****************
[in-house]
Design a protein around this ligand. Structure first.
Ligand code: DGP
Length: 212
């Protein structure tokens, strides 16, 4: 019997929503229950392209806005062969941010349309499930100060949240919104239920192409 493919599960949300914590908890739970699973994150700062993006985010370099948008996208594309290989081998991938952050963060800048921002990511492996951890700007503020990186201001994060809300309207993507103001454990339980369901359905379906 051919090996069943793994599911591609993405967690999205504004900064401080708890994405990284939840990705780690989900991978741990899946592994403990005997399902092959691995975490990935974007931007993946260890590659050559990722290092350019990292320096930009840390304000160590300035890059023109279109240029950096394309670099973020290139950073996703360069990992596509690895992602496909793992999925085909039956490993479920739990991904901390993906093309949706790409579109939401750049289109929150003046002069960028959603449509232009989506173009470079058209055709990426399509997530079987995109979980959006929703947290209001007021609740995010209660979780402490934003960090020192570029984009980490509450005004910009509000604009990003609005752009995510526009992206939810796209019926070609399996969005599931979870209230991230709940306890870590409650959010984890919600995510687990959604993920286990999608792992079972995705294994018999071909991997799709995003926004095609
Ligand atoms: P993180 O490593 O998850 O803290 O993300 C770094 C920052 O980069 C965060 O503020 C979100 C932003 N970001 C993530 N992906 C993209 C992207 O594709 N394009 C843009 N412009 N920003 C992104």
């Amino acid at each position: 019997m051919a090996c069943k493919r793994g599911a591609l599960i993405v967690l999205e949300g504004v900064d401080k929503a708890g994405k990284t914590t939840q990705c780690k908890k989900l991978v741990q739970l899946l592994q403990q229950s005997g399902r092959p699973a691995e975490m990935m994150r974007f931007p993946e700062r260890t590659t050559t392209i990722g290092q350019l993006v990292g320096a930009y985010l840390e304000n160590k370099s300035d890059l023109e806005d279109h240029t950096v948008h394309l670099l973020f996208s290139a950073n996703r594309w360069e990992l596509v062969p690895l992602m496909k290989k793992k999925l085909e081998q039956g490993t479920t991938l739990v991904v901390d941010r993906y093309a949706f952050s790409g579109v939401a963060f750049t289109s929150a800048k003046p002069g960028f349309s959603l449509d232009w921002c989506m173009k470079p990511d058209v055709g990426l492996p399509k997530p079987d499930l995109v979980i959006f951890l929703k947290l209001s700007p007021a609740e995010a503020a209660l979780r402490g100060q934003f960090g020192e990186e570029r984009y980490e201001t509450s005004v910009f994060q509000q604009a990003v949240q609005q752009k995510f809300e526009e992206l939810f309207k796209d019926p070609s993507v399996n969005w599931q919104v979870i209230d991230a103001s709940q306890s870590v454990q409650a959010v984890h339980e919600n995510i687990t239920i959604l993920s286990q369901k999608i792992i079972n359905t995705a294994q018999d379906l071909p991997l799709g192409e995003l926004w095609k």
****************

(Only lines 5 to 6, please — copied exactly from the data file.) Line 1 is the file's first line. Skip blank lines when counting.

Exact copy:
């Protein structure tokens, strides 16, 4: 019997929503229950392209806005062969941010349309499930100060949240919104239920192409 493919599960949300914590908890739970699973994150700062993006985010370099948008996208594309290989081998991938952050963060800048921002990511492996951890700007503020990186201001994060809300309207993507103001454990339980369901359905379906 051919090996069943793994599911591609993405967690999205504004900064401080708890994405990284939840990705780690989900991978741990899946592994403990005997399902092959691995975490990935974007931007993946260890590659050559990722290092350019990292320096930009840390304000160590300035890059023109279109240029950096394309670099973020290139950073996703360069990992596509690895992602496909793992999925085909039956490993479920739990991904901390993906093309949706790409579109939401750049289109929150003046002069960028959603449509232009989506173009470079058209055709990426399509997530079987995109979980959006929703947290209001007021609740995010209660979780402490934003960090020192570029984009980490509450005004910009509000604009990003609005752009995510526009992206939810796209019926070609399996969005599931979870209230991230709940306890870590409650959010984890919600995510687990959604993920286990999608792992079972995705294994018999071909991997799709995003926004095609
Ligand atoms: P993180 O490593 O998850 O803290 O993300 C770094 C920052 O980069 C965060 O503020 C979100 C932003 N970001 C993530 N992906 C993209 C992207 O594709 N394009 C843009 N412009 N920003 C992104």